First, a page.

Hoodwinker sunfish: Rare fish washes up on California beach


A hoodwinker sunfish washed up in CaliforniaImage copyright
Thomas Turner/Reuters

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The hoodwinker sunfish was only discovered in 2014

A rare fish thought to live in the southern hemisphere has washed up in Santa Barbara, California.

The appearance of the seven-foot (2.1m) hoodwinker sunfish has baffled scientists, who question how the fish made it so far from its home waters.

An intern at the University of California spotted the animal at the Coal Oil Point Natural Reserve.

It took researchers several days to properly identify the creature, which was only discovered in 2014.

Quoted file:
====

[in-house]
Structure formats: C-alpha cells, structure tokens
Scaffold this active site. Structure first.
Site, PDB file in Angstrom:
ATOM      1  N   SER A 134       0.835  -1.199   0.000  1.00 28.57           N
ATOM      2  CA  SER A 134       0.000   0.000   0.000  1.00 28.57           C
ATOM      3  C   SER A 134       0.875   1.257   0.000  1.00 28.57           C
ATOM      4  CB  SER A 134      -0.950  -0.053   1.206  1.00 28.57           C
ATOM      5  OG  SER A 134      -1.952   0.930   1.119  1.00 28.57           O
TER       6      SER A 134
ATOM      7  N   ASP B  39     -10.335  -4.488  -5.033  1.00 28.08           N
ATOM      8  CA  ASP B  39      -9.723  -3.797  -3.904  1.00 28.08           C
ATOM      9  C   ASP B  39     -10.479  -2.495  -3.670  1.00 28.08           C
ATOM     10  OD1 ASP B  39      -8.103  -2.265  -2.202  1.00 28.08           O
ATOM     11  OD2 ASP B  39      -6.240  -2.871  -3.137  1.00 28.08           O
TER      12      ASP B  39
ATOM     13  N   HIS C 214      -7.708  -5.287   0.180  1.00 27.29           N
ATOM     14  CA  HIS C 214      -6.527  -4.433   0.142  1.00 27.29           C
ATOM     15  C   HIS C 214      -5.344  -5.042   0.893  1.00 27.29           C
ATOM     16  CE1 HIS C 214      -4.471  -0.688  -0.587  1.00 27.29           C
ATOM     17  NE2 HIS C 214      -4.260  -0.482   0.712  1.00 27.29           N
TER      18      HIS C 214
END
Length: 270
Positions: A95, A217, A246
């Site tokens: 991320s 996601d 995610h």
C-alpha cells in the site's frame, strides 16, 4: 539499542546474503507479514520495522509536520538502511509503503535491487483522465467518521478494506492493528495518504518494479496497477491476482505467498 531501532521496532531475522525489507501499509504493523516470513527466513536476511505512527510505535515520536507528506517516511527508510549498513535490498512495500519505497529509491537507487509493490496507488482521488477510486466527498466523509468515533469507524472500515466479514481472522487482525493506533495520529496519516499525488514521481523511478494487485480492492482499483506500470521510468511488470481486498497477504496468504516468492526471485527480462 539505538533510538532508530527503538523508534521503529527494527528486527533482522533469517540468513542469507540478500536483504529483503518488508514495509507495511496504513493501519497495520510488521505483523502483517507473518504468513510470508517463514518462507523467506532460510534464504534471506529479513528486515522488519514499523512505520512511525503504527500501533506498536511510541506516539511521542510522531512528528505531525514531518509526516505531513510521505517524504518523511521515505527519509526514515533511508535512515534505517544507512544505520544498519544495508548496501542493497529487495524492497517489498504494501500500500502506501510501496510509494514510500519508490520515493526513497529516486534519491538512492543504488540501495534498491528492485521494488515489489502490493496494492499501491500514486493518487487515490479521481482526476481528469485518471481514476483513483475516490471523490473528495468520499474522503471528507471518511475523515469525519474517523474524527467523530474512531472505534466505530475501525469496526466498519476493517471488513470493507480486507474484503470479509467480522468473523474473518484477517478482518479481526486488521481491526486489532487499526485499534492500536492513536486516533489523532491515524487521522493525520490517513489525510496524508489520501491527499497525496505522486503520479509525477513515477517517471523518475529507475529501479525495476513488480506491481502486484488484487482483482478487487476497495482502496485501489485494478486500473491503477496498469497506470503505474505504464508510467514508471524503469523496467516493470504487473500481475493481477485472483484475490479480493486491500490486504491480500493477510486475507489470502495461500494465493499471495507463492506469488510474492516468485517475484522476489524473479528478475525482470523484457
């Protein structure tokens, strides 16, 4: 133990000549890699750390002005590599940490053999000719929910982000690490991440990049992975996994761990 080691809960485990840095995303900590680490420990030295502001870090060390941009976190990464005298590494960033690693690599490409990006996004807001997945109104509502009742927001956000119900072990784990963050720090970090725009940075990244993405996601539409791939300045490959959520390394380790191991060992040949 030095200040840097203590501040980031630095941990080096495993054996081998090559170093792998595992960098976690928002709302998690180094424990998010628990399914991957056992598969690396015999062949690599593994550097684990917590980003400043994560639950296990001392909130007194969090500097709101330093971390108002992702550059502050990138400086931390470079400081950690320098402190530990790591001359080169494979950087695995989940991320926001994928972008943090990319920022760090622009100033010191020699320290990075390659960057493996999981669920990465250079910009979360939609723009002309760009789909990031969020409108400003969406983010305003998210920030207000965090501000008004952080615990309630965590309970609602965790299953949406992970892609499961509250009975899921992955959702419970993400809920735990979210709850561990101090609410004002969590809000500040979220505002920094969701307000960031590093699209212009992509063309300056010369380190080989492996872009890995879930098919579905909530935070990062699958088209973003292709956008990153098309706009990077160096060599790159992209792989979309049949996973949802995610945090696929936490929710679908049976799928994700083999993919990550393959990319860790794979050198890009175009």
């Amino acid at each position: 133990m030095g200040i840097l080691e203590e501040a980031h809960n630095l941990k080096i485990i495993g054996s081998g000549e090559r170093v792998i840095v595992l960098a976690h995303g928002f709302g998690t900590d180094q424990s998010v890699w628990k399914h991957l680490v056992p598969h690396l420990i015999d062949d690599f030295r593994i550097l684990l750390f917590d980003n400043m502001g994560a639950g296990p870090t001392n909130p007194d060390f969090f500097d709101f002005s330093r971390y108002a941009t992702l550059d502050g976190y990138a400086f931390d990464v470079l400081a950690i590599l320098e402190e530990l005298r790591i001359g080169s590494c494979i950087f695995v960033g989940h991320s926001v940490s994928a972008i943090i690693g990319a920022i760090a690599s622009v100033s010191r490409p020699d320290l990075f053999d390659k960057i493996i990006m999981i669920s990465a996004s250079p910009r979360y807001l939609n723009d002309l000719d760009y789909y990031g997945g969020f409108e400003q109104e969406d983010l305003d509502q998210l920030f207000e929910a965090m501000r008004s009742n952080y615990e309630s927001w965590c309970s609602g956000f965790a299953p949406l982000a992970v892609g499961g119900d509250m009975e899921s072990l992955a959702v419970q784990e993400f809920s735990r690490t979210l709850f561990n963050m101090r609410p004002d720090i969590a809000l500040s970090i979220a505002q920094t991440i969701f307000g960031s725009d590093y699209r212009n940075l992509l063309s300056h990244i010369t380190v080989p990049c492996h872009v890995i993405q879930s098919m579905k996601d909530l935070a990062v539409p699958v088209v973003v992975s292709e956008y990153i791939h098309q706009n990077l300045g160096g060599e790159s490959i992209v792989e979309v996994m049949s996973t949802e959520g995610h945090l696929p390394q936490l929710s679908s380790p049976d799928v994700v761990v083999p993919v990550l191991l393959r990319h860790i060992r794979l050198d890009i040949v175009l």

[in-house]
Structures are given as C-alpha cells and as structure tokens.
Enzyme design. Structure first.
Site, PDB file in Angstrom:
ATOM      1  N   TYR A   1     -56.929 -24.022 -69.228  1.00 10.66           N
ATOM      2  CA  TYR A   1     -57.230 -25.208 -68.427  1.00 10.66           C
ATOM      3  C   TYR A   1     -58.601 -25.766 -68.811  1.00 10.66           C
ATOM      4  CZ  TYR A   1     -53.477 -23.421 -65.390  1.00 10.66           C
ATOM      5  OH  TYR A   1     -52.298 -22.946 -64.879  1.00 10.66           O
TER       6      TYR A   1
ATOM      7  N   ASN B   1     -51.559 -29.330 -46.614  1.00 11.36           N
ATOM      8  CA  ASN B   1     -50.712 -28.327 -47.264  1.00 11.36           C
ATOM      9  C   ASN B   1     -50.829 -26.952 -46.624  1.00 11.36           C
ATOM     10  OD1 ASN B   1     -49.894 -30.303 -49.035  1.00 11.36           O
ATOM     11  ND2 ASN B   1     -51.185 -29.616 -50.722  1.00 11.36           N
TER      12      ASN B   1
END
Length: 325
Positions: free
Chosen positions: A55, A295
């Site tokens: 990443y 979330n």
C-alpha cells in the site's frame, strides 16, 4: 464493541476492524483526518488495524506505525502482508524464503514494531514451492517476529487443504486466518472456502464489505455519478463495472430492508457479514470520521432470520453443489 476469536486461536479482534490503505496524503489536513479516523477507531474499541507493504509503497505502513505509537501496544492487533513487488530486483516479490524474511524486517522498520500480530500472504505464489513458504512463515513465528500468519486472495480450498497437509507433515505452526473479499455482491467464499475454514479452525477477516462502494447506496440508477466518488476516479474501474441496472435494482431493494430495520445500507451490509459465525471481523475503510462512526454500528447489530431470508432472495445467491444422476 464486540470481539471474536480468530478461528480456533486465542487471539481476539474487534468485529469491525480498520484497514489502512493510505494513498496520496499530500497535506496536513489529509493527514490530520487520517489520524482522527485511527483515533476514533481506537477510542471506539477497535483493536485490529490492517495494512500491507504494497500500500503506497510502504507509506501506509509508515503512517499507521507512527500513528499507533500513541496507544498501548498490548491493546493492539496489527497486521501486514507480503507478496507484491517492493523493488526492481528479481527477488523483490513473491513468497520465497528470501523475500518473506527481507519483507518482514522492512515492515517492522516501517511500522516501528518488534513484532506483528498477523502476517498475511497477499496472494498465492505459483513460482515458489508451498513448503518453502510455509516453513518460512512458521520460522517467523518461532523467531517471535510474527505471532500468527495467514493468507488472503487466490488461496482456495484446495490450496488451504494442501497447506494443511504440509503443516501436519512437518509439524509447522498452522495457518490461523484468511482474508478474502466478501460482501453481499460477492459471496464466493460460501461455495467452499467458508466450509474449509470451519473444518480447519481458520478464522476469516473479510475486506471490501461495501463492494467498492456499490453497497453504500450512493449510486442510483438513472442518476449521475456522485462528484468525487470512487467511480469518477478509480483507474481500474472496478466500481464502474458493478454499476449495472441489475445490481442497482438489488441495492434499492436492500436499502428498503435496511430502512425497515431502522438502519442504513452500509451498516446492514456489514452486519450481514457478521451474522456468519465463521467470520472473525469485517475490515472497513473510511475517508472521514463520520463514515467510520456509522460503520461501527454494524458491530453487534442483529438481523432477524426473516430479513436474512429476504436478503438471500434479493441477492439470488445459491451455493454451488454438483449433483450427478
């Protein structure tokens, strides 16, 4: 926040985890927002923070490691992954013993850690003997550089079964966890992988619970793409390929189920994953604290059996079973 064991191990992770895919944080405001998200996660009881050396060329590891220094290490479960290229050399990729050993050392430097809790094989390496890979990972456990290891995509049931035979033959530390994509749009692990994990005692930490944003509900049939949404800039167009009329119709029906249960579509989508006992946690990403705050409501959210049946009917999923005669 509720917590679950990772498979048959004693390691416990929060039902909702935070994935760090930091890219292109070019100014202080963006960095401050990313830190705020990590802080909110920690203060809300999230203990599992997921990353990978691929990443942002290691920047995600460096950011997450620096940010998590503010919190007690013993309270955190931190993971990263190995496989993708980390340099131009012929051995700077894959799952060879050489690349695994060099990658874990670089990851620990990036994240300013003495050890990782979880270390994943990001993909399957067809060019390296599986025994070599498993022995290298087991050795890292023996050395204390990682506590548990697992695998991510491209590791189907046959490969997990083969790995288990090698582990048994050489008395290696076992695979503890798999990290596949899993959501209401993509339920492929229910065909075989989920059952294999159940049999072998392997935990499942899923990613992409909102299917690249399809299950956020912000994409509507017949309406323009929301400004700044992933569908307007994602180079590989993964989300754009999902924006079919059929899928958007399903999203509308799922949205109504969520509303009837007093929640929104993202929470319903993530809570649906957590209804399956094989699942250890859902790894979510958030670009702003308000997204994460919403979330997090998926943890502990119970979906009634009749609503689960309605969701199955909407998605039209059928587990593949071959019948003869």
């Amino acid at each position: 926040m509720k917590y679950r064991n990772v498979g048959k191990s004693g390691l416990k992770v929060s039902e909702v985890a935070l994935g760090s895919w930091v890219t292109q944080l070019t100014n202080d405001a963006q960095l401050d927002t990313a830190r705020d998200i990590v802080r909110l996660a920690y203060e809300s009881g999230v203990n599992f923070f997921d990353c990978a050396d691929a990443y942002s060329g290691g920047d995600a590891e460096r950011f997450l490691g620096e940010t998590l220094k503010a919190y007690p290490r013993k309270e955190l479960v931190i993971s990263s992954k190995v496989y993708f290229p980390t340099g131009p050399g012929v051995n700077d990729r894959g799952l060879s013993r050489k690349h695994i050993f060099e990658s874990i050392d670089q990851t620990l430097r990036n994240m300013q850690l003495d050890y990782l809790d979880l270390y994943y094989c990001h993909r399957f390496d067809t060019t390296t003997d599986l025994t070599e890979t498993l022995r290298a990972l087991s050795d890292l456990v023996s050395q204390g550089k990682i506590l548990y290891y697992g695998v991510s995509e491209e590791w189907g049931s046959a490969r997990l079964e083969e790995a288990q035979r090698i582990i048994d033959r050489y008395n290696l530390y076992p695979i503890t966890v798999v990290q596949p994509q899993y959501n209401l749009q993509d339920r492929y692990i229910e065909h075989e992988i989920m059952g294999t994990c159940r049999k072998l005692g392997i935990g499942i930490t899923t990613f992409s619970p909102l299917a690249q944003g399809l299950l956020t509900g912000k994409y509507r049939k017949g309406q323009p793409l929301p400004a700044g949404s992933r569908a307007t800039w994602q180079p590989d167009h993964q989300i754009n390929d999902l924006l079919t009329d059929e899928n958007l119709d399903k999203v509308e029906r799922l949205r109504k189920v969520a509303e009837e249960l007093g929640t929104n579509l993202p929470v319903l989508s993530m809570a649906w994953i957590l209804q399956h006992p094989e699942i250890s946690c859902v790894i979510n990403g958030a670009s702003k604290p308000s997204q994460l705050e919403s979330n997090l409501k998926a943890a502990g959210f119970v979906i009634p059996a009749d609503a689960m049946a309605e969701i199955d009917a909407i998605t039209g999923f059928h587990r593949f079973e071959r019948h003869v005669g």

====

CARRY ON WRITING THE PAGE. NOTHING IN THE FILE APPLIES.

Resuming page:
Photos of the giant fish first appeared on the Coal Oil Point Facebook page, and experts from around the world weighed in to help identify the creature.

The animal was named “hoodwinker” after its discovery after eluding researchers for so many years.

Marianne Nyegaard, a marine scientist who found and named the fish, told CNN she “nearly fell out of my chair” when she saw the pictures of the beached traveller.

“When the clear pictures came through, I thought there was no doubt,” she said. “It’s intriguing what made this fish cross the equator.”

The hoodwinker is larger and sleeker than other species of sunfish, weighing up to two tonnes (2,000kg).

They reportedly favour more temperate waters, such as off the coast of Chile or New Zealand.

A different form of sunfish appeared twice off the west coast of Scotland in a week last September.



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